Current Mathematical model News and Events

Current Mathematical model News and Events, Mathematical model News Articles.
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Air-sea coupling improves the simulation of the western North Pacific summer monsoon in the WRF4 model at a synoptic scale resolving resolution
Air-sea coupling improves the simulation of the western North Pacific summer monsoon in the WRF4 model at a synoptic scale resolving resolution (2020-11-25)

RUDN University research team of mathematicians suggested a new decision making algorithm
A research team from RUDN University developed an algorithm to help large groups of people make optimal decisions in a short time. They confirmed the efficiency of their model using the example of the market at which the outbreak of COVID-19 began. The model helped the administration and sellers agree on closing the market and reach a consensus about the sums of compensations in just three steps. (2020-11-25)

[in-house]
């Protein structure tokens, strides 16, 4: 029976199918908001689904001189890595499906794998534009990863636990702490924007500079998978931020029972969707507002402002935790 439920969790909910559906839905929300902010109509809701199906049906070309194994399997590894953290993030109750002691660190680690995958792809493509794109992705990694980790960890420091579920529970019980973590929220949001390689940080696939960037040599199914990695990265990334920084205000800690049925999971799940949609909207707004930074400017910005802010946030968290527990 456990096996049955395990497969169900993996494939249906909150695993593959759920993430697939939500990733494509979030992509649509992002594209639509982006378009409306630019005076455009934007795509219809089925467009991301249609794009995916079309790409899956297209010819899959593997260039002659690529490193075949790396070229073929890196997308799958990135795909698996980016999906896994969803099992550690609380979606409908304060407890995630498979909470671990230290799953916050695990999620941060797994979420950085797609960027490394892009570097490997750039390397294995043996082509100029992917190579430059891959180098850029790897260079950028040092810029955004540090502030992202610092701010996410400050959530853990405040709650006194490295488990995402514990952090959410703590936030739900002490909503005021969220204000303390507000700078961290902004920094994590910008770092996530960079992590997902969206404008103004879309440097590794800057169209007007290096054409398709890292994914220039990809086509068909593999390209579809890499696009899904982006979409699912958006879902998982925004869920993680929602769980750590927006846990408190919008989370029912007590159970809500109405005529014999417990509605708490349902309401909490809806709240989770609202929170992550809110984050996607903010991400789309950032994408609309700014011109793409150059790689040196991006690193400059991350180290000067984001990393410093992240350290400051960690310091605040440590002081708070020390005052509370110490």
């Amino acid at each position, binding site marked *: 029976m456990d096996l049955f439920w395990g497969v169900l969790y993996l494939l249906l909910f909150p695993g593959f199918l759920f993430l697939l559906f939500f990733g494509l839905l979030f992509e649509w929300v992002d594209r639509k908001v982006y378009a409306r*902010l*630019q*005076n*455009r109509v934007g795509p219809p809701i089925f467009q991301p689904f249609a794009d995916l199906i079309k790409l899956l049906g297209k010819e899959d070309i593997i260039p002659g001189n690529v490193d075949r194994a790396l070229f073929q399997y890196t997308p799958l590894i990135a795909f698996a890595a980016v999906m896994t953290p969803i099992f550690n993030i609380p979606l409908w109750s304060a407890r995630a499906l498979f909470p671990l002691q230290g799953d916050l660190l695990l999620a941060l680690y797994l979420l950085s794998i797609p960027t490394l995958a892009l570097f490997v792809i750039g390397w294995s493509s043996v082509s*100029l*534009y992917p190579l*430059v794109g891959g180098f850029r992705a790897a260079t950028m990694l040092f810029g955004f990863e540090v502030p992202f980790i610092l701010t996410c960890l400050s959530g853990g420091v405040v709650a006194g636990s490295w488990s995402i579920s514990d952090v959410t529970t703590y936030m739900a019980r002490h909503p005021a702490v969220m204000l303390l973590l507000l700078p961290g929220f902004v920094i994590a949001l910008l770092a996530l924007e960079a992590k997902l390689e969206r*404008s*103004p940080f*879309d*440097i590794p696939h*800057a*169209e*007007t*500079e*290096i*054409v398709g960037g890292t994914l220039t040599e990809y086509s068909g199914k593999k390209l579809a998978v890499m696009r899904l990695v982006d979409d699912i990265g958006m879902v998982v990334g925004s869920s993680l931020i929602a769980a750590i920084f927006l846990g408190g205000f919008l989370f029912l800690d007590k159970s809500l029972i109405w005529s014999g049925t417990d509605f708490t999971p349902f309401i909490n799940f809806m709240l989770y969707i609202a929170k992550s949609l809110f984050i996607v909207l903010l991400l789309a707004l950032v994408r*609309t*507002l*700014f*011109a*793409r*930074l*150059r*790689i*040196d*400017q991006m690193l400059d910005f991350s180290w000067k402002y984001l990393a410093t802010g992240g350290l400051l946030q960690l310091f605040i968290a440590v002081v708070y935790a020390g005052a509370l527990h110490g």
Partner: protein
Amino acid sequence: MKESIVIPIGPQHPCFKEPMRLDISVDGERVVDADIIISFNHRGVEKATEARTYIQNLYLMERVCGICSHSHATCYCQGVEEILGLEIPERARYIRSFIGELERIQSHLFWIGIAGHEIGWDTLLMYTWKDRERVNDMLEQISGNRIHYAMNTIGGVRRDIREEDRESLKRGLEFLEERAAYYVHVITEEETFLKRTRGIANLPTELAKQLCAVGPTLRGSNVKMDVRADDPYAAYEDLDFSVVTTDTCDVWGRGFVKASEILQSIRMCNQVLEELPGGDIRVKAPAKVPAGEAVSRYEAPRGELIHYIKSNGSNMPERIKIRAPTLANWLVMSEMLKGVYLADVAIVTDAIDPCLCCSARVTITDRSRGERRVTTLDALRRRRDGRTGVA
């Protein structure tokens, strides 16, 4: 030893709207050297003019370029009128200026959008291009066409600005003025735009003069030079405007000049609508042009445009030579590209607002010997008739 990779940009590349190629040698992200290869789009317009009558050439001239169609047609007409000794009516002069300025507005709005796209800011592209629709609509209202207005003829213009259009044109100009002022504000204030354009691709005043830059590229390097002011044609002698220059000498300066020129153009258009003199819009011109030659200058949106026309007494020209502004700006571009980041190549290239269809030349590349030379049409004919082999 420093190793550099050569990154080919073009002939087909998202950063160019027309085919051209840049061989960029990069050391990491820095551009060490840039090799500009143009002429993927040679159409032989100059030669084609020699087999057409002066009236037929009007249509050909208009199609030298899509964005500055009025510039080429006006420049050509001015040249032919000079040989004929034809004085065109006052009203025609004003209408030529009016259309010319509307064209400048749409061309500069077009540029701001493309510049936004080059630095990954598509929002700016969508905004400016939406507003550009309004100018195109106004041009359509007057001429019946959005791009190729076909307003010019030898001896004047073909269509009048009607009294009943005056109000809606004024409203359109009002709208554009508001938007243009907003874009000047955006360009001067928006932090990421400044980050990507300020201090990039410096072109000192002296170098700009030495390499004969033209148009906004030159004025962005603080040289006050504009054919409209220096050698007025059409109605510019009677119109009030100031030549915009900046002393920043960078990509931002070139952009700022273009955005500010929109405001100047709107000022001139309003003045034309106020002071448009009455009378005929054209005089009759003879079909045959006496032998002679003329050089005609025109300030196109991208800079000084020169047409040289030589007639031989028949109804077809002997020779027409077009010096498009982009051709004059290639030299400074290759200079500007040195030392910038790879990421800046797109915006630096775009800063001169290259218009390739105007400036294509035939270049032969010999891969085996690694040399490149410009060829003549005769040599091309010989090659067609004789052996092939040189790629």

Scientists apply the METRIC model to estimate the land surface evapotranspiration in Nepal
Scientists apply the METRIC model to estimate the land surface evapotranspiration in Nepal (2020-11-24)

Quantum magic squares
The magic of mathematics is particularly reflected in magic squares. Recently, quantum physicist Gemma De las Cuevas and mathematicians Tim Netzer and Tom Drescher introduced the notion of the quantum magic square, and for the first time studied in detail the properties of this quantum version of magic squares. (2020-11-24)

COVID-19 cases could nearly double before Biden takes office
President-elect Joe Biden has signaled that fighting the COVID-19 pandemic will be an immediate priority for his administration. But Inauguration Day is still two months away. The number of confirmed COVID-19 cases are likely to increase to 20 million by the end of January, nearly doubling the current level of 11.4 million cases, predicts a Washington University in St. Louis COVID-19 forecasting model. (2020-11-23)